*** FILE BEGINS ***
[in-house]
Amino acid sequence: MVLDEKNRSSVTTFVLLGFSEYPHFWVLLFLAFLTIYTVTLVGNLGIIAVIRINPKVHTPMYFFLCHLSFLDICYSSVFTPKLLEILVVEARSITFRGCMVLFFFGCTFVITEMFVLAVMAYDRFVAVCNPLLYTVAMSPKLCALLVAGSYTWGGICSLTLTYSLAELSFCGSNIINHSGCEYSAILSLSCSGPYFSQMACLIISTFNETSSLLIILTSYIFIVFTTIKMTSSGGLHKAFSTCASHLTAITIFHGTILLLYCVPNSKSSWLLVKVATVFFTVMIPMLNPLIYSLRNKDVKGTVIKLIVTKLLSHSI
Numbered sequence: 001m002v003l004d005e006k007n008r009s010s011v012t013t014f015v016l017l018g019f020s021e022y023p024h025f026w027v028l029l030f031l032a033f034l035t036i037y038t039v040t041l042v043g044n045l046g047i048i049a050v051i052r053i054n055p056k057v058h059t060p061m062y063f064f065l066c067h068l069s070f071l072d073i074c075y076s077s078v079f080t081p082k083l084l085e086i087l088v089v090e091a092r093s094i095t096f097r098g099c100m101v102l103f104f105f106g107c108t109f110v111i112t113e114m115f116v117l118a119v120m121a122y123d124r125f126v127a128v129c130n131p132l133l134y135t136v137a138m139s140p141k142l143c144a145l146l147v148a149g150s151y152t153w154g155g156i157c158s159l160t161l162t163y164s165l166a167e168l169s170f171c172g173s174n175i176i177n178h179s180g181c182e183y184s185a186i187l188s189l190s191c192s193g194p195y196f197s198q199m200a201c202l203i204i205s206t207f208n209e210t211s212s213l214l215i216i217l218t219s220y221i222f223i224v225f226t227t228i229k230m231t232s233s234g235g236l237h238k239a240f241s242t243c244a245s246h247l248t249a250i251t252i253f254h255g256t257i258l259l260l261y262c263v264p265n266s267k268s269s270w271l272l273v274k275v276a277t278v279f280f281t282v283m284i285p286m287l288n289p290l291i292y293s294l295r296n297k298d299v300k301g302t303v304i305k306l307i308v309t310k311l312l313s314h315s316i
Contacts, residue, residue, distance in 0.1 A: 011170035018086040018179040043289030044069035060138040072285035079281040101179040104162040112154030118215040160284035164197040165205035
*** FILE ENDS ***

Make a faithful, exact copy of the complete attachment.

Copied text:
[in-house]
Amino acid sequence: MVLDEKNRSSVTTFVLLGFSEYPHFWVLLFLAFLTIYTVTLVGNLGIIAVIRINPKVHTPMYFFLCHLSFLDICYSSVFTPKLLEILVVEARSITFRGCMVLFFFGCTFVITEMFVLAVMAYDRFVAVCNPLLYTVAMSPKLCALLVAGSYTWGGICSLTLTYSLAELSFCGSNIINHSGCEYSAILSLSCSGPYFSQMACLIISTFNETSSLLIILTSYIFIVFTTIKMTSSGGLHKAFSTCASHLTAITIFHGTILLLYCVPNSKSSWLLVKVATVFFTVMIPMLNPLIYSLRNKDVKGTVIKLIVTKLLSHSI
Numbered sequence: 001m002v003l004d005e006k007n008r009s010s011v012t013t014f015v016l017l018g019f020s021e022y023p024h025f026w027v028l029l030f031l032a033f034l035t036i037y038t039v040t041l042v043g044n045l046g047i048i049a050v051i052r053i054n055p056k057v058h059t060p061m062y063f064f065l066c067h068l069s070f071l072d073i074c075y076s077s078v079f080t081p082k083l084l085e086i087l088v089v090e091a092r093s094i095t096f097r098g099c100m101v102l103f104f105f106g107c108t109f110v111i112t113e114m115f116v117l118a119v120m121a122y123d124r125f126v127a128v129c130n131p132l133l134y135t136v137a138m139s140p141k142l143c144a145l146l147v148a149g150s151y152t153w154g155g156i157c158s159l160t161l162t163y164s165l166a167e168l169s170f171c172g173s174n175i176i177n178h179s180g181c182e183y184s185a186i187l188s189l190s191c192s193g194p195y196f197s198q199m200a201c202l203i204i205s206t207f208n209e210t211s212s213l214l215i216i217l218t219s220y221i222f223i224v225f226t227t228i229k230m231t232s233s234g235g236l237h238k239a240f241s242t243c244a245s246h247l248t249a250i251t252i253f254h255g256t257i258l259l260l261y262c263v264p265n266s267k268s269s270w271l272l273v274k275v276a277t278v279f280f281t282v283m284i285p286m287l288n289p290l291i292y293s294l295r296n297k298d299v300k301g302t303v304i305k306l307i308v309t310k311l312l313s314h315s316i
Contacts, residue, residue, distance in 0.1 A: 011170035018086040018179040043289030044069035060138040072285035079281040101179040104162040112154030118215040160284035164197040165205035